Israeli journalist Haggai Matar talks about the kind of Palestinian “state” Benjamin Netanyahu might actually be willing to accept:

One cannot regard Netanyahu’s statements, ostensibly made in good faith, without considering the context in which they were said — that is, in reaction to the president’s statement, which Netanyahu did not wish to contradict. We must, however, remember that only a month ago that same Netanyahu said he sees “no urgency” in promoting any sort of peace deal, and that “peace is made with the strong” – something that clearly does not reflect the Palestinians’ political situation at present.

Yet if we are to take Netanyahu seriously, ignoring the ways in which he has made a career out of dismantling the two-state solution, and even if we remember that Trump’s understanding of the peace process includes taking issues such as the status of Jerusalem and Palestinians refugees off the table, we still need to understand what he means when he says that Israel would maintain “security control” of the entire territory west of the Jordan River.


At LobeLog, Gulf analysts Giorgio Cafiero and Bridgett Neff look at the ways in which China is supplanting the US as the most important foreign power in the region:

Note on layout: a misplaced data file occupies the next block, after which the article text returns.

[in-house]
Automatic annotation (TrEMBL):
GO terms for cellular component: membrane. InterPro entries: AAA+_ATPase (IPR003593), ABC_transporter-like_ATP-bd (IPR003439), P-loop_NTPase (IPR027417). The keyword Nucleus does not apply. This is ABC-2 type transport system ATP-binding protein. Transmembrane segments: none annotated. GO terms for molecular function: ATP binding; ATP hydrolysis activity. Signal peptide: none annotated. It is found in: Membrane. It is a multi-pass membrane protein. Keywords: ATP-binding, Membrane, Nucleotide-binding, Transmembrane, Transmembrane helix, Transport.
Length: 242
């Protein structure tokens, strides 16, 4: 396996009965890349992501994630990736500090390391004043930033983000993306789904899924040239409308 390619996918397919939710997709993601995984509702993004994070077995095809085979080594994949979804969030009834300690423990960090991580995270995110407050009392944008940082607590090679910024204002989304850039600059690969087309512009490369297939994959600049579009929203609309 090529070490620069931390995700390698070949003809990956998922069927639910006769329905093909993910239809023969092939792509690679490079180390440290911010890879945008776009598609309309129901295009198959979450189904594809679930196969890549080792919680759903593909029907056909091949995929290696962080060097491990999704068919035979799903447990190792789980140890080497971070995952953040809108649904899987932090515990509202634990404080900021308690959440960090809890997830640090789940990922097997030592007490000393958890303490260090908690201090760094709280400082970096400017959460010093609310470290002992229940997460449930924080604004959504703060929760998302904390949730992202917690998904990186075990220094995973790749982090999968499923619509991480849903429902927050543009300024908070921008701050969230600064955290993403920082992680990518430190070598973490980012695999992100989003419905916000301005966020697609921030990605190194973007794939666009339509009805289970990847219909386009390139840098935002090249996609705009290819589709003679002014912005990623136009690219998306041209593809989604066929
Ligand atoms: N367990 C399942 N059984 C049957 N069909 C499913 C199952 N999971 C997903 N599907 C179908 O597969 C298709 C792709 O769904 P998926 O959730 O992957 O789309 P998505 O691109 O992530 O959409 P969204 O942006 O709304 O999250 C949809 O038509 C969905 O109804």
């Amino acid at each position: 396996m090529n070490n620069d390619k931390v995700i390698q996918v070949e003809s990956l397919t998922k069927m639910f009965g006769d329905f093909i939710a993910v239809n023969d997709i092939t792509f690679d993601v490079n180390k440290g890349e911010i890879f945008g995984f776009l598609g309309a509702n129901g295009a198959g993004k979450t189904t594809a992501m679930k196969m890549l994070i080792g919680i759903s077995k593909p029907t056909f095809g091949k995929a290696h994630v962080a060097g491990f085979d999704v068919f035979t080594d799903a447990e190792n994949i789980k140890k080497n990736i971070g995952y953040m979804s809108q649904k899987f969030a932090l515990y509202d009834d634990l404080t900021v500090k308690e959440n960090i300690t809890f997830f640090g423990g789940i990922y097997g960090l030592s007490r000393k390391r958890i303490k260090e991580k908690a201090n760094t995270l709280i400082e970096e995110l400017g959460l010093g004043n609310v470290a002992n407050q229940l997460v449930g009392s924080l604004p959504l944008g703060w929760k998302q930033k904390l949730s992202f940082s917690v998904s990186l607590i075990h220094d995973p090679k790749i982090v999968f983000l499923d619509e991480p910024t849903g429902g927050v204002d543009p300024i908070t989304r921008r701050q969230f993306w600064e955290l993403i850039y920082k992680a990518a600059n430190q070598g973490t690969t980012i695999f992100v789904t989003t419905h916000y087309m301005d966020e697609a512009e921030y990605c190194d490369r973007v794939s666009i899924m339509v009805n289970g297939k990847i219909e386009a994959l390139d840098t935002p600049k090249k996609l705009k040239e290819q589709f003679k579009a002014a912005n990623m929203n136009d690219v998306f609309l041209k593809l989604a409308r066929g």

As Saudi Arabia and the UAE hedge their bets, Beijing is the world capital that can most credibly provide Riyadh and Abu Dhabi with a counter-balance to Washington’s role in the Arab world. For years, China has been pouring money into investment, development, and humanitarian assistance across the MENA region, culminating in a loan and aid package of $23 billion to Arab League members announced in July. China is already the region’s number one trading partner and imports more than half of its crude oil from Arab countries. This linkage between China and MENA states is likely to increase with Chinese President Xi Jinping’s ambitious One Belt, One Road initiative (OBOR), which envisions the Arab world as an international hub that links Asian, European, and African markets with, of course, China at the center of international trade.